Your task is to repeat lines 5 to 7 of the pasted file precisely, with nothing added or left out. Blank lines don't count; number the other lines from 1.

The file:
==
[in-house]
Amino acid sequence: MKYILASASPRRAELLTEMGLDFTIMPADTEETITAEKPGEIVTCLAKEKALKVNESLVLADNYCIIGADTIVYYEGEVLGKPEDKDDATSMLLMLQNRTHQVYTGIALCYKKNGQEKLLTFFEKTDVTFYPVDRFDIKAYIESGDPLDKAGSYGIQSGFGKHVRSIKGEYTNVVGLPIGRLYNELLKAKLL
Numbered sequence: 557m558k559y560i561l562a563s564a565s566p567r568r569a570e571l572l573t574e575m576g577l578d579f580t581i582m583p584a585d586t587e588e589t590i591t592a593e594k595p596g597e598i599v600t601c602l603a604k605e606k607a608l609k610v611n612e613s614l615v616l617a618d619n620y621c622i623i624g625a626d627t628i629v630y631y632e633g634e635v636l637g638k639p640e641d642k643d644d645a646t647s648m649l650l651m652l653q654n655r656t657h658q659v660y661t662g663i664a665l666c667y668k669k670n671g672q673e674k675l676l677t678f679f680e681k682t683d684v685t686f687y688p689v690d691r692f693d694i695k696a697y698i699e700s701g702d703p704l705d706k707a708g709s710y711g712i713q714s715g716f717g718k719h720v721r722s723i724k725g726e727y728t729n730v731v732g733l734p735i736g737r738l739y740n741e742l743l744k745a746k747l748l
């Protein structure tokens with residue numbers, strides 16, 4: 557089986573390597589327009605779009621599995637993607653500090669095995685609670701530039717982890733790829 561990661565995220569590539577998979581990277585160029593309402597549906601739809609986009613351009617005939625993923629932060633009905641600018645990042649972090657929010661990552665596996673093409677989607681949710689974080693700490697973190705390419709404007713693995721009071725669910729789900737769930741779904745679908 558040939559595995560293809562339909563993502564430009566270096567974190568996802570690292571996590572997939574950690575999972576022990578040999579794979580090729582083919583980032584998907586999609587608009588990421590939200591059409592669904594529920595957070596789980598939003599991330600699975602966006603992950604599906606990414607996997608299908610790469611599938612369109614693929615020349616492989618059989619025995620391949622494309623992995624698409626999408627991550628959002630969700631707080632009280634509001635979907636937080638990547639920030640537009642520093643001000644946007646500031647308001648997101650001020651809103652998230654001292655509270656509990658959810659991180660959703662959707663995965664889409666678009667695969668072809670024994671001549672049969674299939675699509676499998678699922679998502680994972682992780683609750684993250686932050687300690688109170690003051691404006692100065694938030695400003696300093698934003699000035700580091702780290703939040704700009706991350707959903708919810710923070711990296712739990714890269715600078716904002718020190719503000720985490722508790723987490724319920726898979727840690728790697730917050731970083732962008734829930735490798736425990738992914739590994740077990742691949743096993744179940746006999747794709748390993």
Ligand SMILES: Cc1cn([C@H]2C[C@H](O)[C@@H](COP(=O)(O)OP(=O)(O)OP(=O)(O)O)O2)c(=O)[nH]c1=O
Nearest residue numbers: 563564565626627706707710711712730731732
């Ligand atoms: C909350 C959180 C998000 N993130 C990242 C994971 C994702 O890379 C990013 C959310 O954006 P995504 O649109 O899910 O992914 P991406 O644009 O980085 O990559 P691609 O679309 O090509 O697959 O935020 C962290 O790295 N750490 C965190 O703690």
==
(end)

Ligand SMILES: Cc1cn([C@H]2C[C@H](O)[C@@H](COP(=O)(O)OP(=O)(O)OP(=O)(O)O)O2)c(=O)[nH]c1=O
Nearest residue numbers: 563564565626627706707710711712730731732
């Ligand atoms: C909350 C959180 C998000 N993130 C990242 C994971 C994702 O890379 C990013 C959310 O954006 P995504 O649109 O899910 O992914 P991406 O644009 O980085 O990559 P691609 O679309 O090509 O697959 O935020 C962290 O790295 N750490 C965190 O703690």